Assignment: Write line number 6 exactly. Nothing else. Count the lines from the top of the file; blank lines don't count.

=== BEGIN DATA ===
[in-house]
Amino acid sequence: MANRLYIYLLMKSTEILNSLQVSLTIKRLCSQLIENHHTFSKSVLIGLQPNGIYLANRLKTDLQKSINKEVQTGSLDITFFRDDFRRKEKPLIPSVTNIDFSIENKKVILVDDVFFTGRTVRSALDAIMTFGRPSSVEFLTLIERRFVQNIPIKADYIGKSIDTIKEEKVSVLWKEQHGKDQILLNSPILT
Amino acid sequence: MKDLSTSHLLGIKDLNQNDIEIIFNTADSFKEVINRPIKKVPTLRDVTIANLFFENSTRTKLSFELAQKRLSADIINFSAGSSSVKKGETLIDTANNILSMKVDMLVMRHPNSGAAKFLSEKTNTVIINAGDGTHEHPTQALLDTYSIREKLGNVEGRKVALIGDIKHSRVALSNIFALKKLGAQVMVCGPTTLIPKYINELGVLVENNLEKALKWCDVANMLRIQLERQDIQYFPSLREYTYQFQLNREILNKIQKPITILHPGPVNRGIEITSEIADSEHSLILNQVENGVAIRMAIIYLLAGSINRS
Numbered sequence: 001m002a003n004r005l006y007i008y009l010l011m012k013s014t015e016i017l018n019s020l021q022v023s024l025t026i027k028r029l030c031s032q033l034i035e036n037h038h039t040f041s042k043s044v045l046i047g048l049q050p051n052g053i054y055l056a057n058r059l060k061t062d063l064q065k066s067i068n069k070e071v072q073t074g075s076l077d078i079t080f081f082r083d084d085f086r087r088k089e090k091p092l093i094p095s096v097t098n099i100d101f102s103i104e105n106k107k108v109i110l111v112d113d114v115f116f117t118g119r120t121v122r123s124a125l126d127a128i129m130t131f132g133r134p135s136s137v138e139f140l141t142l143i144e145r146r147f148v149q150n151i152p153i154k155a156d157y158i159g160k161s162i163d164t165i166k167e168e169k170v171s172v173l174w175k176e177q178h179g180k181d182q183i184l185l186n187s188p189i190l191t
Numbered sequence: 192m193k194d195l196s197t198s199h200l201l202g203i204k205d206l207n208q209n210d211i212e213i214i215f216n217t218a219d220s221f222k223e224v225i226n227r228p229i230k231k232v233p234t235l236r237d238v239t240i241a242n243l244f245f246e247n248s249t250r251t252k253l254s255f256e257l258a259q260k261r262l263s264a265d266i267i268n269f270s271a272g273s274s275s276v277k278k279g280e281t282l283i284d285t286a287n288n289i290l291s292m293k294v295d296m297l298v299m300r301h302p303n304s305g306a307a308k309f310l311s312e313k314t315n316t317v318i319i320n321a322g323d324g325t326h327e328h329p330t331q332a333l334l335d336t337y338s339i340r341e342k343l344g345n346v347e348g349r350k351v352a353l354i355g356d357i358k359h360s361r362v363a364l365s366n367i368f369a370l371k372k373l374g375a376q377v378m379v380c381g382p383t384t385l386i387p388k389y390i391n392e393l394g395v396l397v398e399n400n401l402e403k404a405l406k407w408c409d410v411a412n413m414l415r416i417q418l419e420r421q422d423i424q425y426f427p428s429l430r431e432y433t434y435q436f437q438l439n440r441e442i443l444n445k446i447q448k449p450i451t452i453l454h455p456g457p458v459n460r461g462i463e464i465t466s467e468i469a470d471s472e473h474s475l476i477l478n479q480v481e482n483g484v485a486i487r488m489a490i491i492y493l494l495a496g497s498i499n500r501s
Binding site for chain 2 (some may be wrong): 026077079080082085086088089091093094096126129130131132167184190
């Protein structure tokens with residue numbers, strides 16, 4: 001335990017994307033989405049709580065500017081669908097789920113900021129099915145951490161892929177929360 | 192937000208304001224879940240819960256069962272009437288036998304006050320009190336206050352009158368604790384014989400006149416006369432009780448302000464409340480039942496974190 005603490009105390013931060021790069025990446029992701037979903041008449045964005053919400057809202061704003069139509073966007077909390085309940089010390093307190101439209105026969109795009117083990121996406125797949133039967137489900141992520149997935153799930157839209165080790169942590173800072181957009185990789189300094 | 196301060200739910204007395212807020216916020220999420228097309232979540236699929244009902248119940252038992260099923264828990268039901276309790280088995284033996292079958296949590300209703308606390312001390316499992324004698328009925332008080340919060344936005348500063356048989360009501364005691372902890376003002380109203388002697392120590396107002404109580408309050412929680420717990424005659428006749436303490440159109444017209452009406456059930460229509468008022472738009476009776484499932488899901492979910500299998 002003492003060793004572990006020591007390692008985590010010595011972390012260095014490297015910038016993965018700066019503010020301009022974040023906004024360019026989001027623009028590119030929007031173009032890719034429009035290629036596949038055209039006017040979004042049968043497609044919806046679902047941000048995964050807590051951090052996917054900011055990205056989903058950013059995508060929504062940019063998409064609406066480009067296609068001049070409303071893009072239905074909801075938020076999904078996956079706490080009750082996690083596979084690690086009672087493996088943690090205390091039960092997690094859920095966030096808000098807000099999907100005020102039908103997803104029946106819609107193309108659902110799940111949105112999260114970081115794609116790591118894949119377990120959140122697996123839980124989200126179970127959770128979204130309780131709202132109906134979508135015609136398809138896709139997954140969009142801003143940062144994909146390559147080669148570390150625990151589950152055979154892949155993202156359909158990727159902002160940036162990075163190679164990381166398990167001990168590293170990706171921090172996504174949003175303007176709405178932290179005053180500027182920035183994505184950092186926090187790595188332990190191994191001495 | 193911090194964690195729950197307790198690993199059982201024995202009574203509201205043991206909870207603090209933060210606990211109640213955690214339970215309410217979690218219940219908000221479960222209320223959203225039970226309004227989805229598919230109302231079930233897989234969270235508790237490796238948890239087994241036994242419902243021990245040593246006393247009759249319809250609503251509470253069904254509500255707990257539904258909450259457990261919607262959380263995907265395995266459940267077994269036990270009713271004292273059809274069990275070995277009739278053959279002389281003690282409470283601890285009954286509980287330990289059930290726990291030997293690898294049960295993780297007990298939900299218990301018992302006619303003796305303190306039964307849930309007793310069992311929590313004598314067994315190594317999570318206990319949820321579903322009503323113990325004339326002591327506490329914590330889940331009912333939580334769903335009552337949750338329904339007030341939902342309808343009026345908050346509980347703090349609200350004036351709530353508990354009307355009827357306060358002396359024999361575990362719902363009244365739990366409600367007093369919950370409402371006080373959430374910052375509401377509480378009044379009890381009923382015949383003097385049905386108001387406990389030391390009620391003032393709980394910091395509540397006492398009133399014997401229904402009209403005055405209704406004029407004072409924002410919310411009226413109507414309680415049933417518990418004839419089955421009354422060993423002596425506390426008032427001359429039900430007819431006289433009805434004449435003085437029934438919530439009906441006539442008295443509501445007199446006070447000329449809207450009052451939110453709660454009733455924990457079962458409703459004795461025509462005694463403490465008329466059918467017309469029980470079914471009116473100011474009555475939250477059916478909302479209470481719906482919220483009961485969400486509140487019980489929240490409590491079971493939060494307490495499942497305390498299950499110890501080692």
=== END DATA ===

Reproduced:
Binding site for chain 2 (some may be wrong): 026077079080082085086088089091093094096126129130131132167184190